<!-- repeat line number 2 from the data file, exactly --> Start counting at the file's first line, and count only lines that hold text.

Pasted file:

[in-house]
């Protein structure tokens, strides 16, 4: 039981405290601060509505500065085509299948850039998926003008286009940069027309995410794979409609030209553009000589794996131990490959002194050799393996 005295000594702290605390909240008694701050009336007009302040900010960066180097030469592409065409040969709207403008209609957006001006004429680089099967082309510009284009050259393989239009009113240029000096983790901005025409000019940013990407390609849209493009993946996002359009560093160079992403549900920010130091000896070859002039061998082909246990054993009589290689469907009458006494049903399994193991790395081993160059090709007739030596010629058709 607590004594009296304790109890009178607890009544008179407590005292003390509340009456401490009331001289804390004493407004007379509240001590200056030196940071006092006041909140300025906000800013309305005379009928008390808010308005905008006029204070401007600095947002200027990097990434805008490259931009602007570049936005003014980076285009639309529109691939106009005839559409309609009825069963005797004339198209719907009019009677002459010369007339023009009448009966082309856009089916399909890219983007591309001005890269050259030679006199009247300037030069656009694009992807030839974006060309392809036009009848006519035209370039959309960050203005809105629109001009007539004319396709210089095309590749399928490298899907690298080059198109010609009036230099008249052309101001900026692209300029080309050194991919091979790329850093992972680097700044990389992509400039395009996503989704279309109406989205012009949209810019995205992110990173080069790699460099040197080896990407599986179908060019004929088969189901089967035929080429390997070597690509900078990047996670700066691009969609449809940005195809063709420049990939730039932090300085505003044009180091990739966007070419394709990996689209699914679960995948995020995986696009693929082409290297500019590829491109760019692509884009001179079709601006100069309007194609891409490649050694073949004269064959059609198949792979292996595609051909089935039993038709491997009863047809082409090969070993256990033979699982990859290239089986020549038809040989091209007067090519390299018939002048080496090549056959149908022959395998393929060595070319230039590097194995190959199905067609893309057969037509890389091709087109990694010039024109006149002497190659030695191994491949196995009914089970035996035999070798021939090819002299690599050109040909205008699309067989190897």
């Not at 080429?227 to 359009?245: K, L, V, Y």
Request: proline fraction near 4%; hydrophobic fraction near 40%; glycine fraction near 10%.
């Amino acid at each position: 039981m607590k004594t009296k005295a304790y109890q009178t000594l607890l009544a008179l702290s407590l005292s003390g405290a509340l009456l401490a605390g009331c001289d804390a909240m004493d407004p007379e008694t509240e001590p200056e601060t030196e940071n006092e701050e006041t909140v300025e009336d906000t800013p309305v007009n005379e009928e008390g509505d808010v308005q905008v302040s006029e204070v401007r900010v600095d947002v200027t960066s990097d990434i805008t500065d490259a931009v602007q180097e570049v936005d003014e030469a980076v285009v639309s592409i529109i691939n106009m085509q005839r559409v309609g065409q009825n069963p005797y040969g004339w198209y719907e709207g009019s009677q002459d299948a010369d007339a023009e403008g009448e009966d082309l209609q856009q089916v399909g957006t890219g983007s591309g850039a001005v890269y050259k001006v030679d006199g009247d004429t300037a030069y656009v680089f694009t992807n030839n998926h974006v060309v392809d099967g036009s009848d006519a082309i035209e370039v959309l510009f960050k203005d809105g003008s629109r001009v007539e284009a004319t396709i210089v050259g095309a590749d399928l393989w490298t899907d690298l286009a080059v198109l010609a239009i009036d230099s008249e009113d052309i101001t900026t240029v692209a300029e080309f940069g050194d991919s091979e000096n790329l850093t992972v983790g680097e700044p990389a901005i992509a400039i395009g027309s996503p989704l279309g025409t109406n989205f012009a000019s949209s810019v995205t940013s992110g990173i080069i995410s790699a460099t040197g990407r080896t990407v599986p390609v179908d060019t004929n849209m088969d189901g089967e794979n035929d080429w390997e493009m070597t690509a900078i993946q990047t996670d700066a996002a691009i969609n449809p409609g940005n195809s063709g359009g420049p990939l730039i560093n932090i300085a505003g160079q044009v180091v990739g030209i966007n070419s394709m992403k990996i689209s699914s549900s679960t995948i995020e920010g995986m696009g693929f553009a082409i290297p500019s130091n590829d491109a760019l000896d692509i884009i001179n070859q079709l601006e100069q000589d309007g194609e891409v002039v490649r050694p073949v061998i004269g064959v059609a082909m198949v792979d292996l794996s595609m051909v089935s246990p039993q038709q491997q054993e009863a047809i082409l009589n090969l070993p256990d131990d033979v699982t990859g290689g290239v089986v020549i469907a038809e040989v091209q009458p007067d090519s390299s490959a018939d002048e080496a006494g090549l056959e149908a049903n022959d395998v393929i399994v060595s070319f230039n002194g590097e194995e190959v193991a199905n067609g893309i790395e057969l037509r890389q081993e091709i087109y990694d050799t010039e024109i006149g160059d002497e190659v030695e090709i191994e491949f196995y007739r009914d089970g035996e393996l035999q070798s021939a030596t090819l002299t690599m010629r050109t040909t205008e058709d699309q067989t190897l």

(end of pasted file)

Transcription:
């Protein structure tokens, strides 16, 4: 039981405290601060509505500065085509299948850039998926003008286009940069027309995410794979409609030209553009000589794996131990490959002194050799393996 005295000594702290605390909240008694701050009336007009302040900010960066180097030469592409065409040969709207403008209609957006001006004429680089099967082309510009284009050259393989239009009113240029000096983790901005025409000019940013990407390609849209493009993946996002359009560093160079992403549900920010130091000896070859002039061998082909246990054993009589290689469907009458006494049903399994193991790395081993160059090709007739030596010629058709 607590004594009296304790109890009178607890009544008179407590005292003390509340009456401490009331001289804390004493407004007379509240001590200056030196940071006092006041909140300025906000800013309305005379009928008390808010308005905008006029204070401007600095947002200027990097990434805008490259931009602007570049936005003014980076285009639309529109691939106009005839559409309609009825069963005797004339198209719907009019009677002459010369007339023009009448009966082309856009089916399909890219983007591309001005890269050259030679006199009247300037030069656009694009992807030839974006060309392809036009009848006519035209370039959309960050203005809105629109001009007539004319396709210089095309590749399928490298899907690298080059198109010609009036230099008249052309101001900026692209300029080309050194991919091979790329850093992972680097700044990389992509400039395009996503989704279309109406989205012009949209810019995205992110990173080069790699460099040197080896990407599986179908060019004929088969189901089967035929080429390997070597690509900078990047996670700066691009969609449809940005195809063709420049990939730039932090300085505003044009180091990739966007070419394709990996689209699914679960995948995020995986696009693929082409290297500019590829491109760019692509884009001179079709601006100069309007194609891409490649050694073949004269064959059609198949792979292996595609051909089935039993038709491997009863047809082409090969070993256990033979699982990859290239089986020549038809040989091209007067090519390299018939002048080496090549056959149908022959395998393929060595070319230039590097194995190959199905067609893309057969037509890389091709087109990694010039024109006149002497190659030695191994491949196995009914089970035996035999070798021939090819002299690599050109040909205008699309067989190897």